If we are talking about a mass education for every child and appreciating the true value of learning through theatre we should make drama education in schools about real life – and not disguised real life – but real life where the context is crystal clear so that everyone can see the merits of the study: role plays, social situations, negotiations, problem solving, discussion, debates, team work, leadership, family strife, emotional intelligence, relationships, romance, reading non-verbal language, understanding subtext: the nuance, intonation, true meaning.  If we start doing this, drama becomes an essential core subject on every curriculum. No one can suggest it is just for those who want to be actors or have a ‘creative’ career. Exam boards need to stop testing kids under exam pressure, stop insisting they interpret a text they have no real life context for and start equipping them with life skills. I guess what I am saying is the Personal Social Health Education and Drama need to merge: Life Skills perhaps?

Lift the Mask

I teach through masks and you could say that masks take people right out of reality, so why use them? Well, that is the dichotomy of the mask – it hides, yet also reveals; it helps us learn about others and in turn ourselves. We all wear them, just not everyone can lift them.

From the moment we start to build our own social circle separate to our parents, at the age of 4 or 5, we start to create masks: the one for our friends, the one for teachers, the one for our parents. We build these up throughout our teenage years and for some people this goes on through many more years. For some, the masks are so thickly layered they become impossible to strip away. Some don actual masks – make-up, wigs, hair colour, tattoos, piercings – to create a persona to project. How long it takes though to have the confidence to strip those masks away and stand their ‘naked’ as you before everyone. It is one of the biggest struggles we face in life – learning to be comfortable in our own skin.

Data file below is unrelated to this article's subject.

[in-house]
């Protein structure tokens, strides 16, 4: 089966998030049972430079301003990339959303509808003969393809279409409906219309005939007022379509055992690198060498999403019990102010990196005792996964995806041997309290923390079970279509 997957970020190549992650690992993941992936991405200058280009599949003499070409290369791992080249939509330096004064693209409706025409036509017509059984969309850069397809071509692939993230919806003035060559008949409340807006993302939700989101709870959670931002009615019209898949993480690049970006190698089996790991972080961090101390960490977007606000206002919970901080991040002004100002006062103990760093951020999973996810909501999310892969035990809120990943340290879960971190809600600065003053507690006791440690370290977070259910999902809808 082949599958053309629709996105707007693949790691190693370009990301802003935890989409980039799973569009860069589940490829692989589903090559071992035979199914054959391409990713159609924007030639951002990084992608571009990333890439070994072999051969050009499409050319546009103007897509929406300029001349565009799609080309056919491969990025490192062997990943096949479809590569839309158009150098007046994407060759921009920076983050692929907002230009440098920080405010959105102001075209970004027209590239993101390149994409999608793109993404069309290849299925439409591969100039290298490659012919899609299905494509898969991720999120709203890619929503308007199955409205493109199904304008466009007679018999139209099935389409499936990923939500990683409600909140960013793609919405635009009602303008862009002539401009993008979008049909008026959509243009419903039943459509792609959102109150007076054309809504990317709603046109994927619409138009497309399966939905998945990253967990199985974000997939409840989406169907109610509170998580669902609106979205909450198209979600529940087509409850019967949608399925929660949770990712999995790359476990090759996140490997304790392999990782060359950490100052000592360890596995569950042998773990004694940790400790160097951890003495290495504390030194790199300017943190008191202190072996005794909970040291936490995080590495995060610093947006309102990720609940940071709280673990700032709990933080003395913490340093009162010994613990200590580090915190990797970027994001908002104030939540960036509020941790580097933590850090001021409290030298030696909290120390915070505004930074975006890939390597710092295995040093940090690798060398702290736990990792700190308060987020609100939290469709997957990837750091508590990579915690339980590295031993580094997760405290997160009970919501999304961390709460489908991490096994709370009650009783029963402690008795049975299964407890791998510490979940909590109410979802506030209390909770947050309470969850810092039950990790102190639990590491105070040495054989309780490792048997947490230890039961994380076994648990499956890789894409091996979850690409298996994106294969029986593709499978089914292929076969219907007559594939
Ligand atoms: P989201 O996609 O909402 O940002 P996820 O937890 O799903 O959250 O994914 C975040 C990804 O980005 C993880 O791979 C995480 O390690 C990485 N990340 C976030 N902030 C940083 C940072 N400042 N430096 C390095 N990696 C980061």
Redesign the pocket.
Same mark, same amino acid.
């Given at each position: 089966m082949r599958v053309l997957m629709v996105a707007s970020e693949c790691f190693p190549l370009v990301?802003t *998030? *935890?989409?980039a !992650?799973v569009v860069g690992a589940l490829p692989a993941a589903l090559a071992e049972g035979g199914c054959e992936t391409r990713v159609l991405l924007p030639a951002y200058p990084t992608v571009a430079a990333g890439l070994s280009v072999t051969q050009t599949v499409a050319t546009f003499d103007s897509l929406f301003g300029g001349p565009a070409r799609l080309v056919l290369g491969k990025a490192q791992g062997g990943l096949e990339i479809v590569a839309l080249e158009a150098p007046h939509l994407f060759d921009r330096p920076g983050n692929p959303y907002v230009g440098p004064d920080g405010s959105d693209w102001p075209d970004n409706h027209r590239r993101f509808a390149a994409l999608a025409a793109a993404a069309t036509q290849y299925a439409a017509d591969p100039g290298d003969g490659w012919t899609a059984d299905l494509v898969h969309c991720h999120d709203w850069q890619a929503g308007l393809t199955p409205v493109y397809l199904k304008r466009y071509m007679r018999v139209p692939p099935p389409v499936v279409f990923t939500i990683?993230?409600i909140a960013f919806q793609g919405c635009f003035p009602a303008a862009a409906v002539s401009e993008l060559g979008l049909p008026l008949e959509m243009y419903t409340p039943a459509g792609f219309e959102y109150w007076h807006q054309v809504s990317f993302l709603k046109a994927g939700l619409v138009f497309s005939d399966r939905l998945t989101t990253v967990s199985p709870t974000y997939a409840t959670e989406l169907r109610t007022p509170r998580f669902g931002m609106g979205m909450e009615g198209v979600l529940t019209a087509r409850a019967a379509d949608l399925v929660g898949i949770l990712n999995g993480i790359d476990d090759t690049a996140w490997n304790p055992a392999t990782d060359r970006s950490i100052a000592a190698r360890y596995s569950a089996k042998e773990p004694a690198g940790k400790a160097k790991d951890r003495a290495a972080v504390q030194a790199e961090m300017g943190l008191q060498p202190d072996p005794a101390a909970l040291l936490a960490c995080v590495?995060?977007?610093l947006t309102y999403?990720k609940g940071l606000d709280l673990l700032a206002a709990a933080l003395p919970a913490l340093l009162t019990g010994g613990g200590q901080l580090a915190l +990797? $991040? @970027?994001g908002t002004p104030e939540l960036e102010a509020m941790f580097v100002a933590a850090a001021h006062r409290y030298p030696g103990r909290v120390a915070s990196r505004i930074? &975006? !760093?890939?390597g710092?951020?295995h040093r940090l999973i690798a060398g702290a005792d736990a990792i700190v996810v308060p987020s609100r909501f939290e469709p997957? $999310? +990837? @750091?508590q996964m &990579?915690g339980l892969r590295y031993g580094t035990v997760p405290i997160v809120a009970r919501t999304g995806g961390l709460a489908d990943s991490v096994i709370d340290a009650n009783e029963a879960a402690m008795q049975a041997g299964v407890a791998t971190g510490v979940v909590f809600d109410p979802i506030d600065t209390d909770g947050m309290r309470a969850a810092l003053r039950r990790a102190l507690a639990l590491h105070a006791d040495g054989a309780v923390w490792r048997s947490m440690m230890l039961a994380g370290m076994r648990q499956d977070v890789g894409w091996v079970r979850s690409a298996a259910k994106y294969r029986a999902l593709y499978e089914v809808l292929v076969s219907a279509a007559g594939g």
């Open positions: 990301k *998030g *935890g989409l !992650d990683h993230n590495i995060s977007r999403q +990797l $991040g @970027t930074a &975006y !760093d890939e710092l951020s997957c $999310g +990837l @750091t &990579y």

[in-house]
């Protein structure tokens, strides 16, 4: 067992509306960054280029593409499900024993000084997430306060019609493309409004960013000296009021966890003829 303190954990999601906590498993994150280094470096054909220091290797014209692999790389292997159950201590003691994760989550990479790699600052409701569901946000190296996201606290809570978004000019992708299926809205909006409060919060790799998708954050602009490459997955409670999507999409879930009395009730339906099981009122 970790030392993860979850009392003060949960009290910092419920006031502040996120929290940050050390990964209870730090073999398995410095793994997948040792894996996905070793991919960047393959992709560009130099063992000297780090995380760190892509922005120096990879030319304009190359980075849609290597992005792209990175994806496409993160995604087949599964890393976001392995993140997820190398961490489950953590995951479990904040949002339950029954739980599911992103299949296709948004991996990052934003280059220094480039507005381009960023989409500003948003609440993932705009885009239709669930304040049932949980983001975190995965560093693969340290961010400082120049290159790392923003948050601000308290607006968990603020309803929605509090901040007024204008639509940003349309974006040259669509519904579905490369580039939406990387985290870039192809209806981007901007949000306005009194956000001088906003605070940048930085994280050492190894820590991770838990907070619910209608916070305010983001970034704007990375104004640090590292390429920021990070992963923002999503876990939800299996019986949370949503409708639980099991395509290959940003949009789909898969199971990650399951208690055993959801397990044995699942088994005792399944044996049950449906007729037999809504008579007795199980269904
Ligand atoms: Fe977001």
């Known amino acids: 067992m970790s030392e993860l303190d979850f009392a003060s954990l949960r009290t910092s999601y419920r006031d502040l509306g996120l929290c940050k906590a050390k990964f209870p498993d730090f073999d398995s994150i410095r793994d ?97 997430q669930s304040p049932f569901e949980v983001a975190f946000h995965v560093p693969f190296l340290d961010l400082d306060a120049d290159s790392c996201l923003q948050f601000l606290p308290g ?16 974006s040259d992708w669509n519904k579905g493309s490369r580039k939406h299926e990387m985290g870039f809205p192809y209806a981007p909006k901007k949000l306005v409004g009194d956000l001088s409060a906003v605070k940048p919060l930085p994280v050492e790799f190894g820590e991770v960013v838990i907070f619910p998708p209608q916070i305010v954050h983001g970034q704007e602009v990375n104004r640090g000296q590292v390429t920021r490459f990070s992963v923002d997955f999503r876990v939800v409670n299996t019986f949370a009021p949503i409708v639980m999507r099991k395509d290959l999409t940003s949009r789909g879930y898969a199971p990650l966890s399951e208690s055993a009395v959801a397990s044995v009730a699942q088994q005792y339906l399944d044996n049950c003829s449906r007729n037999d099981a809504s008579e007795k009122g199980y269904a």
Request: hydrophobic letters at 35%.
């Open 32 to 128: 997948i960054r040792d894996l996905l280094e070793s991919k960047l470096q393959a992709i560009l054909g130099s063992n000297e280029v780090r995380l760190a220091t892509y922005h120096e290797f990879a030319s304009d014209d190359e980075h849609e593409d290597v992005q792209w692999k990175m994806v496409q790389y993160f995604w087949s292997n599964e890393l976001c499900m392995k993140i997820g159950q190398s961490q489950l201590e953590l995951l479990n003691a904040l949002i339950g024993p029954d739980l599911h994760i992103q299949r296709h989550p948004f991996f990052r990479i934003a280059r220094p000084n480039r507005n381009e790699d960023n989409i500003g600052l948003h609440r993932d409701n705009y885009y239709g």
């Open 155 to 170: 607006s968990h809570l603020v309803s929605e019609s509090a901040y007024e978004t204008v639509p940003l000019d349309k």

Learning with masks is a way to stride over these personal barriers and to step up with a confidence we didn’t know we had, say the things we have always wanted to say and interact in a way that maybe scared us previously. I have personally witnessed the immense power of using masks to overcome personal difficulties – children with autism who have never looked anyone in the eye, who put on a mask and hold a parents gaze for the first time; individuals who are shy and afraid to speak, donning a mask and finding a voice they never knew they had. Once we experience these moments and have unlocked ourselves, there is then the potential to unlock them further and begin to lift the masks.

What is the true value of learning through theatre then?

  • develop self confidence
  • learn how you can communicate effectively – to convey information, to persuade, to negotiate, to sell, to engage
  • learn how to socialise and understand others effectively – even when they don’t have the words for the feeling
  • develop self-respect – know who you are and be comfortable with that

How will we make sure future generations are healthy, happy and successful?

  1. stop putting kids under stress to achieve
  2. teach them about good nutrition and how to remove processed food from their diet completely
  3. teach them to respect and protect the people and the planet
  4. teach them to communicate effectively and work with others to achieve their dreams
  5. teach them self-respect and show them happiness.

I believe drama must become a core subject in every school – not because I feel we need to prepare young people for our creative industries, but because every young person needs to learn to how socialise effectively, how to communicate and how to have self-respect.

New show in the pipeline

My goodness it has been a hectic term. I have been in Henley, London, Warwickshire, Devon, Manchester, Birmingham and Gloucestershire delivering workshops at universities, schools, colleges and of course, two intensive full day masterclasses at The Actors’ Workshop in Bristol, plus I am delighted to also be teaching at Circomedia in Bristol now. Phew! I have to say, I am glad of a Christmas break, but loving the contact with such a variety of students.